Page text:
By Omar al-Shaher forAl-Monitor. Any opinions expressed are those of the author, and do not necessarily reflect the views of Iraq Business News.
The strenuous efforts exerted to handle the housing crisis were quickly rendered useless when the ratified 2013 general budget did away with the allocations for the housing fund, which was to grant loans for those wishing to build new homes.
The Iraqi parliament ratified the 2013 general budget on March 7 after a heated debate among involved parties regarding the share allotted to the semi-autonomous Kurdistan region. The budget did not include any housing allocations, which were held back until an increase in oil revenues is seen.
The housing fund is set out by the Ministry of Construction and Housing. The biggest real-estate funding body in Iraq, with a capital of one billion Iraqi dinars ($900 million), the housing fund was established specifically to solve the housing crisis.
The fund grants zero-interest loans in monthly payments with a ceiling of $30,000 for those wishing to build a private home in the Iraqi capital. Should the construction take place in other provinces, the loan limit drops to $25,000. The 2013 budget stipulated that allocations for this fund would come from the surplus in oil revenues, instead of from fixed budget lines.
This surplus, however, is not expected to be reached until the middle of the next fiscal year, which means that the fund will not receive any money in the coming months.
Director-general of the fund Burhanuddin Bassam affirmed that the fund would not accept new loan applications from any of Iraq’s provinces. He stressed that the available money could only cover the payments due to applicants who had already registered.
The Iraqi parliament passed the 2013 budget of the 138 trillion Iraqi dinars ($118.5 billion) on Thursday, allocating to Kurdistan just a fraction of the oil revenue the region requested, reports Wall Street Journal.
Ibrahim al-Mutlaq, a member of the parliamentary finance committee, said the budget allocates 750 billion Iraqi dinars ($644 million) for oil companies operating in the semi-autonomous region, which include majors such as Exxon Mobil, Gazprom Neft and Chevron; the Kurdish government had asked for $3.5 billion, including outstanding payments covering all exports between 2010 and 2013.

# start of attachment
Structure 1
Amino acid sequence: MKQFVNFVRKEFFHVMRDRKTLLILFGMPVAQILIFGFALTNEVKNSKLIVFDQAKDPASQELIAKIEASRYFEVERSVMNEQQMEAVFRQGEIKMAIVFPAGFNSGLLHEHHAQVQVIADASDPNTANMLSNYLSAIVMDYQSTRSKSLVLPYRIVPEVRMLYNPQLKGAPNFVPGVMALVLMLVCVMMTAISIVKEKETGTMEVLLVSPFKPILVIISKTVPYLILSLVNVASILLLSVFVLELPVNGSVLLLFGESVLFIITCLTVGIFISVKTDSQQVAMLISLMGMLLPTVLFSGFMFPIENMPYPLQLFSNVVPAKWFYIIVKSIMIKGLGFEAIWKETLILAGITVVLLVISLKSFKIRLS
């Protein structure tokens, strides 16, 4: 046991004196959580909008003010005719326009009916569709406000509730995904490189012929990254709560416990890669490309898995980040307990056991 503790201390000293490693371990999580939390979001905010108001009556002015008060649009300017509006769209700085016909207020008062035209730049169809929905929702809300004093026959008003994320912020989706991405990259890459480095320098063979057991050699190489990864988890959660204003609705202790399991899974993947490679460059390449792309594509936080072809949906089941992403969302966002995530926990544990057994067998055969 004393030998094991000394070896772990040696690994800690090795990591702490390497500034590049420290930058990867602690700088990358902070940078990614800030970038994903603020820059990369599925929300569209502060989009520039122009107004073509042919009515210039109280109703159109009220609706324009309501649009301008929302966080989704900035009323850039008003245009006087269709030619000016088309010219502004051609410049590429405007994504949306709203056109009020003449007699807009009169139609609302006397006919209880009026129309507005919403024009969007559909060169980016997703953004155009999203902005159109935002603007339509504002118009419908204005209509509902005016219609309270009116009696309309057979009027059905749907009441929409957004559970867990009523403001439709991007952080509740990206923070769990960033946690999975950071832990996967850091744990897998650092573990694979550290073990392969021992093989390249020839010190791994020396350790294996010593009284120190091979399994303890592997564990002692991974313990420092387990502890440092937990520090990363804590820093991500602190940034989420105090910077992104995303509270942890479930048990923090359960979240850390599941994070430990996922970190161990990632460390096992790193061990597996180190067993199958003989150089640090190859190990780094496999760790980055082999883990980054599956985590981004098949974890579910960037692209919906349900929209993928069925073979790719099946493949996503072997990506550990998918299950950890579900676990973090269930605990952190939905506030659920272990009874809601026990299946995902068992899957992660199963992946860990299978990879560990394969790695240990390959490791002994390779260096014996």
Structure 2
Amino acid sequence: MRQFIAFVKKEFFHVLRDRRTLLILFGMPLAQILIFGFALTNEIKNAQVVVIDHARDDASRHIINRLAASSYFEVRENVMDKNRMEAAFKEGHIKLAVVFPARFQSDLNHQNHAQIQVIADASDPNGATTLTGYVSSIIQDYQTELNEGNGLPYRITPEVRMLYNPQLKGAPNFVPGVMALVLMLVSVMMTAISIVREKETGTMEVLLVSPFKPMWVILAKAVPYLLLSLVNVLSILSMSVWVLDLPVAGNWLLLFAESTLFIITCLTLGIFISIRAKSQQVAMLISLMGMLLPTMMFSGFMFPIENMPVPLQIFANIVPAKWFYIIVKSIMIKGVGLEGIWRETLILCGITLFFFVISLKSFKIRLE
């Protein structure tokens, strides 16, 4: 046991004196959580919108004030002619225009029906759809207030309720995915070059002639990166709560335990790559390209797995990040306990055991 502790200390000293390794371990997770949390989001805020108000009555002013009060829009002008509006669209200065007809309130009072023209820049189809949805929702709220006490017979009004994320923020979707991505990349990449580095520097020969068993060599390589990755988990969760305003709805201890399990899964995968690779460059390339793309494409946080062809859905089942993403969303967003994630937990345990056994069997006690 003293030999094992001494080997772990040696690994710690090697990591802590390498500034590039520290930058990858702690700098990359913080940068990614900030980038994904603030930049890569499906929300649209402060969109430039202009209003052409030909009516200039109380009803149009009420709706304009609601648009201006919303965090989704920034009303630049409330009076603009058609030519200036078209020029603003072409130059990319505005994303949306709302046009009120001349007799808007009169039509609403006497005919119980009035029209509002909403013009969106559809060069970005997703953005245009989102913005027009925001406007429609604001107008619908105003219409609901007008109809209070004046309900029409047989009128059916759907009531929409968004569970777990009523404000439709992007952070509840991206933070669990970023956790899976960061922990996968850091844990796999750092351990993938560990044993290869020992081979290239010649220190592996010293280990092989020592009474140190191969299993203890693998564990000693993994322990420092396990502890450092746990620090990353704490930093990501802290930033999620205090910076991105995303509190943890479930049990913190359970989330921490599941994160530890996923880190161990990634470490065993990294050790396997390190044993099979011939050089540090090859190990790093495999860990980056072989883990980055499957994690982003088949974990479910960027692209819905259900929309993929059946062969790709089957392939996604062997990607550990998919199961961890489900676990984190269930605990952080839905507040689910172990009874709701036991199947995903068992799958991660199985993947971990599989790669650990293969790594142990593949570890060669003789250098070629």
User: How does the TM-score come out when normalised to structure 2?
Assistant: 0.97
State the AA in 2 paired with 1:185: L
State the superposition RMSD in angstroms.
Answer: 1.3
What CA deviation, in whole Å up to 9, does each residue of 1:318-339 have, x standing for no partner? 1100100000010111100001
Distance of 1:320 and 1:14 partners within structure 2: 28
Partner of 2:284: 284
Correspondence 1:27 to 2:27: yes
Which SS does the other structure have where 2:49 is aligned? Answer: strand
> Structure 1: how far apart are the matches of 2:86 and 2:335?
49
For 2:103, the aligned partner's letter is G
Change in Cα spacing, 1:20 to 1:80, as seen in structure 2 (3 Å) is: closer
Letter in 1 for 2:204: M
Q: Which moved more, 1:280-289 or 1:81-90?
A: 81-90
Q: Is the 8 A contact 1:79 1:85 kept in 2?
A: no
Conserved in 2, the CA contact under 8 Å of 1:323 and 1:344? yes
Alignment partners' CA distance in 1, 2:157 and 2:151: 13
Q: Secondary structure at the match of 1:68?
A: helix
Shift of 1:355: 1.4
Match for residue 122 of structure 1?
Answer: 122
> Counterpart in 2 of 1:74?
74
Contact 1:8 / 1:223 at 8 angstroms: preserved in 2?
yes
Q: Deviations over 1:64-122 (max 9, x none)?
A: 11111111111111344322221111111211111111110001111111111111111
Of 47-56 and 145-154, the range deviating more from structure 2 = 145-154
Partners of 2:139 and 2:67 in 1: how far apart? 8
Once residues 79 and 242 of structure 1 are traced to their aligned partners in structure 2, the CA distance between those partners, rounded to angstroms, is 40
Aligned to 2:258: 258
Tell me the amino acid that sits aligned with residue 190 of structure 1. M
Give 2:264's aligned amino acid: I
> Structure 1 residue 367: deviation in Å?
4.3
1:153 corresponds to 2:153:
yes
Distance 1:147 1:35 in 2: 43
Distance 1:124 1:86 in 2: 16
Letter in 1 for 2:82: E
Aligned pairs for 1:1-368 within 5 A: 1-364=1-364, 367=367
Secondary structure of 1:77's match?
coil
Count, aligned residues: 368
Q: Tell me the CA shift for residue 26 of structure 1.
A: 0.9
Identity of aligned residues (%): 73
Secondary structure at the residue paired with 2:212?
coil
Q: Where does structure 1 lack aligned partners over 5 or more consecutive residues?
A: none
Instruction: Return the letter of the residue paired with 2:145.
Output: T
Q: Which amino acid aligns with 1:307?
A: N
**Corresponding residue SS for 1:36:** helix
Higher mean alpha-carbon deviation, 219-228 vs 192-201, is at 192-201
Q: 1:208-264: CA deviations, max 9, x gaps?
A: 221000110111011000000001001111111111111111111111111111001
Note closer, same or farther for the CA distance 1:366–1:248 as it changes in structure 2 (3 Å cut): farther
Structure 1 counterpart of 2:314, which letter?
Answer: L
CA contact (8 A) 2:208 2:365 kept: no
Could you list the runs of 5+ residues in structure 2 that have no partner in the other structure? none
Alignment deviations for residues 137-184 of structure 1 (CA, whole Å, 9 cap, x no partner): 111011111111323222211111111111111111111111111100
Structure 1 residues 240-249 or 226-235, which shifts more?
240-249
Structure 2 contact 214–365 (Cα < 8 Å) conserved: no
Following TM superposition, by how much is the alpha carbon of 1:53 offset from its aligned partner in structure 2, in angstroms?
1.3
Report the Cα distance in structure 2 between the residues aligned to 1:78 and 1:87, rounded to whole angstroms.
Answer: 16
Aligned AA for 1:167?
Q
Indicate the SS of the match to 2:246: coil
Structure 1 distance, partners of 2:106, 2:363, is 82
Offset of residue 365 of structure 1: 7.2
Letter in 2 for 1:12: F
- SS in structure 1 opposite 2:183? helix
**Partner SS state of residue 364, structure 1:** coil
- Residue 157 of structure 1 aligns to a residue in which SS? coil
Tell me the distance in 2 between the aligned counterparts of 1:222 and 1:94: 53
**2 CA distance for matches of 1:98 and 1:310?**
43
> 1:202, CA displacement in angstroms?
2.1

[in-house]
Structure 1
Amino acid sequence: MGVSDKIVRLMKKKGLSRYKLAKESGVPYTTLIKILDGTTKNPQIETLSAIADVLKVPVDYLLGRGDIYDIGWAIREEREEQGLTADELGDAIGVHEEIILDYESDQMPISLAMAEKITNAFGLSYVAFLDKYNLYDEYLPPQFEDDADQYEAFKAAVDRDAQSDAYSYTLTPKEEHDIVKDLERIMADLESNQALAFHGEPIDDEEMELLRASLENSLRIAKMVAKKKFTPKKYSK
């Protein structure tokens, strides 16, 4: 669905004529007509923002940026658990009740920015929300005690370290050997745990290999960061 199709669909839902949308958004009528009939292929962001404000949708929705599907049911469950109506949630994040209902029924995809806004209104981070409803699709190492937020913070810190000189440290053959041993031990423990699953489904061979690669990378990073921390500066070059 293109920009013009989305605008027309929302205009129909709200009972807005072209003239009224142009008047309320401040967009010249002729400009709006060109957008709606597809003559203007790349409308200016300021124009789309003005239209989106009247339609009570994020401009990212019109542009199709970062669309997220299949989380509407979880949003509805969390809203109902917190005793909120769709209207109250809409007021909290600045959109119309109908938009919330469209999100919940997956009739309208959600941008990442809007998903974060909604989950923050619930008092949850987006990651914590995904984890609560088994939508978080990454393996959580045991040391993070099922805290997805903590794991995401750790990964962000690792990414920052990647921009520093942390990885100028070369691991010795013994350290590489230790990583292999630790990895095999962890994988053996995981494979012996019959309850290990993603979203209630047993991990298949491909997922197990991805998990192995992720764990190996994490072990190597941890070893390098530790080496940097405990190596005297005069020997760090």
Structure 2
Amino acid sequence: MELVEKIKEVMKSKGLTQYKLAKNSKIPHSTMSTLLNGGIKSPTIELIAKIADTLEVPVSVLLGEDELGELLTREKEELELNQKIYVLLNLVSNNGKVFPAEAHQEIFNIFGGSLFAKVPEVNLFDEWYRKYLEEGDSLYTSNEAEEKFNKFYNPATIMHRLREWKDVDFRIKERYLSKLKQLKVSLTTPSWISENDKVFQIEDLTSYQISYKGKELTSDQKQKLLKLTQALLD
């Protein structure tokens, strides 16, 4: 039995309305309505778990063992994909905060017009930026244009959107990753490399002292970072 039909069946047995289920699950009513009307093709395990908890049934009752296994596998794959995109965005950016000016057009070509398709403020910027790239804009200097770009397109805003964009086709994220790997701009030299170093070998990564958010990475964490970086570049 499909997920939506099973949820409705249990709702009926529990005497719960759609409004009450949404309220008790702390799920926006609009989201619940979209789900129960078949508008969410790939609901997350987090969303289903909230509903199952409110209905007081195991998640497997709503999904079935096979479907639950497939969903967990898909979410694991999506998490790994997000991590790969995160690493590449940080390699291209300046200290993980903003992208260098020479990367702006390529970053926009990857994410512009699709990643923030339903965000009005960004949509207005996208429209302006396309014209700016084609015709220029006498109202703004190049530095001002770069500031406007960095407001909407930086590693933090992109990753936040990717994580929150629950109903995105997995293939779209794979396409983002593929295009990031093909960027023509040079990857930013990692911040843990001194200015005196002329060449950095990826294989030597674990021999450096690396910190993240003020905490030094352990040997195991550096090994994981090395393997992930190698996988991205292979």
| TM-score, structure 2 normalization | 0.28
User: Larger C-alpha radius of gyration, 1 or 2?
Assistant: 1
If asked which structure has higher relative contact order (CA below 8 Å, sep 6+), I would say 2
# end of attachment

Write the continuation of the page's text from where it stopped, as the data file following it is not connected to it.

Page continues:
The budget decision adds to existing tensions between the Kurdish region and Baghdad over oil exploration rights, trade with Turkey and the redevelopment of oil fields in a disputed territory.
Kurdish lawmakers boycotted the session which led to the passing of the budget, Mr. al-Mutlaq said.
Jaber al-Jaberi, an Iraqiya MP among those who boycotted the session, said he expects the Kurds to go to the federal court to disrupt the budget.
The Speaker of the Iraqi Parliament, Osama Al-Nujeifi [Usama al-Nujaifi] (pictured), said on Thursday that negotiations with leaders of the political blocs on the state budget for 2013 have entered a “blind alley”, according to KUNA news agency.
He blamed the deadlock on disputes among the parliamentary blocs on allocations for the development of regions and financial dues of companies working in Iraqi Kurdistan.
Talks between the political blocs had reached a dead end, he said, and parliament should sending the budget back to the government to increase the expenditures, or “use its right in moving the moneys within the budget’s items”.
The Iraqi Institute for Economic Reform (IIER) has the pleasure of inviting you to attend the above seminar to discuss the details of the Federal Budget and the challenges facing its implementation.
In attendance there will be Members of Parliament, government officials, Iraqi economic experts, academics as well as Civil Societies representatives. The seminar will be covered by national and international media.
One of the speakers will be Dr Kamal Al Basri.
The seminar will be held on Saturday 23 February at Alwiyah Club, Baghdad
Start promptly at 9:30 am
If you wish to attend please send an email to: email@example.com, or telephone +964 1 7788842, during working hours. Please note the conference will be covered by all media. Please visit our website nearer the time. For more information visit www.iier.org
The United Nations’ Joint Analysis Policy Unit (JAPU) has issued a background paper on Iraq’s budget for 2013.
The Government expenditure for 2013 totals IQD 138.4 Trillion ($ 118.3 Billion), with an increase of 18% over 2012 and exceeding 70% of GDP. The budget has three main headings: Energy, Security / Defense and Social Services, accounting for 21%, 14%, and 13% respectively of total budget.
Investment Expenditure represents 40% (IQD 55.1 Trillion) of government budgeted expenditure, the largest ever for Iraq. Investment in Oil and Electricity amounts to over 43% of the investment expenditure.
Government budgeted revenues amount to IQD 119.3 Trillion, with revenues from oil making 93%. The increase in oil revenues, made it possible for the government to cover its operating expenditure and allocate more to investment, yet heavy reliance on oil resulted in a budget fragile to oil shocks, and government going through complementary budgeting, and excessive delays in investment projects implementation.